In winning his third primary of the year — and his second in three days — Goldwater demolished perennial candidate Harold E. Stassen by a margin of 267,935 to 107,157. Frank R. Beckwith, a prominent Indianapolis attorney and the first African-American to ever seek the Republican presidential nomination, garnered 17,884 votes in the primary while little-known Joseph G. Ettl, an attorney from St. Joseph City, polled a relatively insignificant 6,704 votes.
Beckwith, who was waging his second bid for the Republican presidential nomination, refused to support Goldwater’s candidacy later that autumn, claiming that the GOP nominee would set the cause of civil rights back by at least “a decade.”
The more than 100,000 votes garnered by Stassen — his best showing in the 1964 primaries and his last semi-impressive showing in a presidential primary — were cast by Indiana Republicans hoping to contribute to the growing “stop Goldwater effort,” the vast majority of whom neither wished nor expected the former Minnesota governor to be nominated at the party’s national convention in San Francisco.
Stassen, who actively campaigned in the May 5 primary, brought his so-called “Middle Way” campaign to the Hoosier State in late March with a speech sponsored by DePauw University’s Student Senate and Young Republican Club.
“I believe that we will beat Sen. Goldwater in Indiana,” he told reporters at the Indianapolis airport. “I recognize that he has some very powerful support in Indiana, but I do not believe his views represent the majority of the Republican Party.”
Stassen, who was then practicing law in Philadelphia, said that he had been encouraged by former President Dwight Eisenhower to enter the fray in 1964 — “to be one of those to test what the party’s policies should be.”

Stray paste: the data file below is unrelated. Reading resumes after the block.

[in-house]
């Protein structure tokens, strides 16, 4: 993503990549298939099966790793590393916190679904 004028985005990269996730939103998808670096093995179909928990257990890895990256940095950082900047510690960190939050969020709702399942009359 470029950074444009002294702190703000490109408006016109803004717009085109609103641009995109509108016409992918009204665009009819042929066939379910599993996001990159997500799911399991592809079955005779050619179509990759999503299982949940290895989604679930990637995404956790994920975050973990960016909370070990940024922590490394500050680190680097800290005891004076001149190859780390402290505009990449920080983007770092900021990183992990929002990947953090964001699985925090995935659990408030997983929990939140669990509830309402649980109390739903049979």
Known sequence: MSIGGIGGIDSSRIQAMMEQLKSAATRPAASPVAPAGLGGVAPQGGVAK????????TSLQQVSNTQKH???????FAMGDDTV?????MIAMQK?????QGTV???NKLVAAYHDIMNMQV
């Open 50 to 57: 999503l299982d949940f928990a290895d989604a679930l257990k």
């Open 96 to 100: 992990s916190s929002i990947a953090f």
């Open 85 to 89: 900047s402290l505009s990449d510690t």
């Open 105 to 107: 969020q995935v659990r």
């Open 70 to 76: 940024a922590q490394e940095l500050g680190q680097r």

The one-time “Boy Wonder” of American politics also said that President Johnson could be defeated “if the Republican Party presents a sound middle way program,” an opportunity that would be squandered if Goldwater was nominated.
During his address to the DePauw Young Republicans — the group that circulated his nominating petitions — Stassen outlined his differences with the heavily-favored Goldwater.
“Sen. Goldwater believes that the United States should reduce its support for and reliance on the United Nations,” declared Stassen, who had helped to draft the original UN Charter in 1945. “I consider the United Nations to be the best hope of a lasting peace and want America to take the lead in modernizing and improving it.”
The former Minnesota governor also differed sharply with Goldwater on the question of nuclear weapons, saying that, unlike the Arizona Senator, he was strongly opposed to the “spreading of atomic and nuclear weapons to NATO or its members or generals” while supporting a U.S. initiative to strengthen “the partial nuclear test ban treaty with further steps toward arms limitation, inspection and control.”
Stassen, whose Indiana campaign was managed by former Appellate Court Judge Donald E. Bowen of Indianapolis, later accused his Republican rival of being “too ready to drop atomic bombs,” adding that he had been deeply concerned about Goldwater’s foreign policy views for years.
“Sen. Goldwater,” he said in addressing a third critical issue, “does not believe in the Social Security System as it is now in effect and wants to change it to a voluntary system; I am in favor of the Social Security System as it is now in effect, not only as an essential support for our senior citizens when they retire, but also as one of the economic measures to cushion against depressions.”
A man who always saw triumph in adversity and whose spirit rarely flagged in a lifetime of political setbacks, the 57-year-old Stassen was predictably encouraged by the results in Indiana and believed that his relatively strong showing in the Hoosier State would gain him more serious attention than he had been receiving in some of the earlier primaries.
Much to his chagrin, that never happened.
Describing himself earlier that year as “the tallest tree in a forest of talent” — a reference to the fairly crowded Republican field that included such luminaries as Goldwater, New York Gov. Nelson Rockefeller, a reluctant Henry Cabot Lodge, the former UN Ambassador who never openly declared his candidacy, Maine’s Margaret Chase Smith and Pennsylvania Gov. William W. Scranton, a moderate whose last-minute candidacy was a futile attempt to stop the Goldwater bandwagon — Stassen went to the Republican convention in San Francisco later that summer empty-handed.